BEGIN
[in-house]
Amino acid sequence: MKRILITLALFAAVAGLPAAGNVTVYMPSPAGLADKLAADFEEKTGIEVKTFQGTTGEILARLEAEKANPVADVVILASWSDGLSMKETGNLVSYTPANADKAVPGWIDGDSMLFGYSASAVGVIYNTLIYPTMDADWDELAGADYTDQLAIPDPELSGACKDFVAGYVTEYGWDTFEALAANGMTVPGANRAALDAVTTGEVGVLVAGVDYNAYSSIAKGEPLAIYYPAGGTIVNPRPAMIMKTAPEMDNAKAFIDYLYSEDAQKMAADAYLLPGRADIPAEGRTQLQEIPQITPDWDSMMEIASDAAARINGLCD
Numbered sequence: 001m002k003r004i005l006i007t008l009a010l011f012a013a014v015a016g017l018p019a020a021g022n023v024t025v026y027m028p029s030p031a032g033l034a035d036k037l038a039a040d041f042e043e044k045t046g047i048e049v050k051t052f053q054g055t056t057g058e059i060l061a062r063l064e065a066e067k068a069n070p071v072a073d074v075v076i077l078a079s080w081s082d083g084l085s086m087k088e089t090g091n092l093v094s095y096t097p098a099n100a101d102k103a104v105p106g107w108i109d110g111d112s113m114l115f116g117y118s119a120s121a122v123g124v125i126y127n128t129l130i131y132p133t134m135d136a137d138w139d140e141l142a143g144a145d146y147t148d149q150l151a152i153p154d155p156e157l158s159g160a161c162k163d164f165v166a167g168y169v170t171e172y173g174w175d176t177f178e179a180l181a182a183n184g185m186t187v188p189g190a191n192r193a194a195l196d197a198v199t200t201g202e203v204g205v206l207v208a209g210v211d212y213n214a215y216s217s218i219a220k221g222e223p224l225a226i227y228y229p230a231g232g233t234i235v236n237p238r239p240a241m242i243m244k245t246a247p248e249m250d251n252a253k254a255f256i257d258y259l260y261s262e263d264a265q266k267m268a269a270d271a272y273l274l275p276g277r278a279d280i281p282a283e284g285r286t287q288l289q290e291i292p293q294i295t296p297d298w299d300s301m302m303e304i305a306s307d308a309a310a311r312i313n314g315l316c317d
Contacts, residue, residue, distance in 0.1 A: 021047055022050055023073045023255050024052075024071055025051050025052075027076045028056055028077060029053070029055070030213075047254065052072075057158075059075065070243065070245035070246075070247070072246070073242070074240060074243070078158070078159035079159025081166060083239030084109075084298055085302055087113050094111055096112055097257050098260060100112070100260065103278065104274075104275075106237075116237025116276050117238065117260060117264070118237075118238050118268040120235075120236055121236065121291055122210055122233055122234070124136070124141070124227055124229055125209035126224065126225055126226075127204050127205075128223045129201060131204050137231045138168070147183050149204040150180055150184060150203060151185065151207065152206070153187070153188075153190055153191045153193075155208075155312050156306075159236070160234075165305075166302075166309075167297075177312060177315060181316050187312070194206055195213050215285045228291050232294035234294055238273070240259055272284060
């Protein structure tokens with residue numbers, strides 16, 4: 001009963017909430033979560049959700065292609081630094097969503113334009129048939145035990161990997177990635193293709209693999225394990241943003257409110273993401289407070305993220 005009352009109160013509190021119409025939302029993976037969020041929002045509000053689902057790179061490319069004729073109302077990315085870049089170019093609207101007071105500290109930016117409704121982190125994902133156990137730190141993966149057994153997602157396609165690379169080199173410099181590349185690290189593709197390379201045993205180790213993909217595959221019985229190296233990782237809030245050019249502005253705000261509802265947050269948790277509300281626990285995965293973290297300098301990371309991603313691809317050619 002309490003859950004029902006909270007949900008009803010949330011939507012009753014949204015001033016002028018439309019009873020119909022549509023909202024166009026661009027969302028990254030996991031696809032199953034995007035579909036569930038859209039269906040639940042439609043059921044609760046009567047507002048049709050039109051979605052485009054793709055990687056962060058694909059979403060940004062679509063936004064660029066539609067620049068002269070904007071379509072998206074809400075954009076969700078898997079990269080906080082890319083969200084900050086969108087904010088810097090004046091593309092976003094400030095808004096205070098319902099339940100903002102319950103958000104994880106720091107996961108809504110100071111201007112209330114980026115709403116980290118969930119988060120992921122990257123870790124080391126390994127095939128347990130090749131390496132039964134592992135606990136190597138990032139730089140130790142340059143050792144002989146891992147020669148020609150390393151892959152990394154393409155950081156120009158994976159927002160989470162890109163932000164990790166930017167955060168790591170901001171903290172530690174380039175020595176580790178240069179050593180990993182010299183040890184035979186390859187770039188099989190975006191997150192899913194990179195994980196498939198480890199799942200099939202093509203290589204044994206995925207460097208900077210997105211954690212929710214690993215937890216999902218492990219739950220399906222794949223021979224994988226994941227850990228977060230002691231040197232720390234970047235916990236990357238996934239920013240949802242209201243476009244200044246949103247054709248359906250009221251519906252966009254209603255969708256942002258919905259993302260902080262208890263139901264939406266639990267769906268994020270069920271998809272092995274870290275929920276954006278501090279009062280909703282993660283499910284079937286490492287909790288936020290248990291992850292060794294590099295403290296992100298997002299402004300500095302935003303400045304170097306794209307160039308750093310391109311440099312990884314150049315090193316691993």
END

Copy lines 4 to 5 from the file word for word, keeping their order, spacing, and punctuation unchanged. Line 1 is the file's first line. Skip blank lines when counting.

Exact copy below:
Contacts, residue, residue, distance in 0.1 A: 021047055022050055023073045023255050024052075024071055025051050025052075027076045028056055028077060029053070029055070030213075047254065052072075057158075059075065070243065070245035070246075070247070072246070073242070074240060074243070078158070078159035079159025081166060083239030084109075084298055085302055087113050094111055096112055097257050098260060100112070100260065103278065104274075104275075106237075116237025116276050117238065117260060117264070118237075118238050118268040120235075120236055121236065121291055122210055122233055122234070124136070124141070124227055124229055125209035126224065126225055126226075127204050127205075128223045129201060131204050137231045138168070147183050149204040150180055150184060150203060151185065151207065152206070153187070153188075153190055153191045153193075155208075155312050156306075159236070160234075165305075166302075166309075167297075177312060177315060181316050187312070194206055195213050215285045228291050232294035234294055238273070240259055272284060
């Protein structure tokens with residue numbers, strides 16, 4: 001009963017909430033979560049959700065292609081630094097969503113334009129048939145035990161990997177990635193293709209693999225394990241943003257409110273993401289407070305993220 005009352009109160013509190021119409025939302029993976037969020041929002045509000053689902057790179061490319069004729073109302077990315085870049089170019093609207101007071105500290109930016117409704121982190125994902133156990137730190141993966149057994153997602157396609165690379169080199173410099181590349185690290189593709197390379201045993205180790213993909217595959221019985229190296233990782237809030245050019249502005253705000261509802265947050269948790277509300281626990285995965293973290297300098301990371309991603313691809317050619 002309490003859950004029902006909270007949900008009803010949330011939507012009753014949204015001033016002028018439309019009873020119909022549509023909202024166009026661009027969302028990254030996991031696809032199953034995007035579909036569930038859209039269906040639940042439609043059921044609760046009567047507002048049709050039109051979605052485009054793709055990687056962060058694909059979403060940004062679509063936004064660029066539609067620049068002269070904007071379509072998206074809400075954009076969700078898997079990269080906080082890319083969200084900050086969108087904010088810097090004046091593309092976003094400030095808004096205070098319902099339940100903002102319950103958000104994880106720091107996961108809504110100071111201007112209330114980026115709403116980290118969930119988060120992921122990257123870790124080391126390994127095939128347990130090749131390496132039964134592992135606990136190597138990032139730089140130790142340059143050792144002989146891992147020669148020609150390393151892959152990394154393409155950081156120009158994976159927002160989470162890109163932000164990790166930017167955060168790591170901001171903290172530690174380039175020595176580790178240069179050593180990993182010299183040890184035979186390859187770039188099989190975006191997150192899913194990179195994980196498939198480890199799942200099939202093509203290589204044994206995925207460097208900077210997105211954690212929710214690993215937890216999902218492990219739950220399906222794949223021979224994988226994941227850990228977060230002691231040197232720390234970047235916990236990357238996934239920013240949802242209201243476009244200044246949103247054709248359906250009221251519906252966009254209603255969708256942002258919905259993302260902080262208890263139901264939406266639990267769906268994020270069920271998809272092995274870290275929920276954006278501090279009062280909703282993660283499910284079937286490492287909790288936020290248990291992850292060794294590099295403290296992100298997002299402004300500095302935003303400045304170097306794209307160039308750093310391109311440099312990884314150049315090193316691993």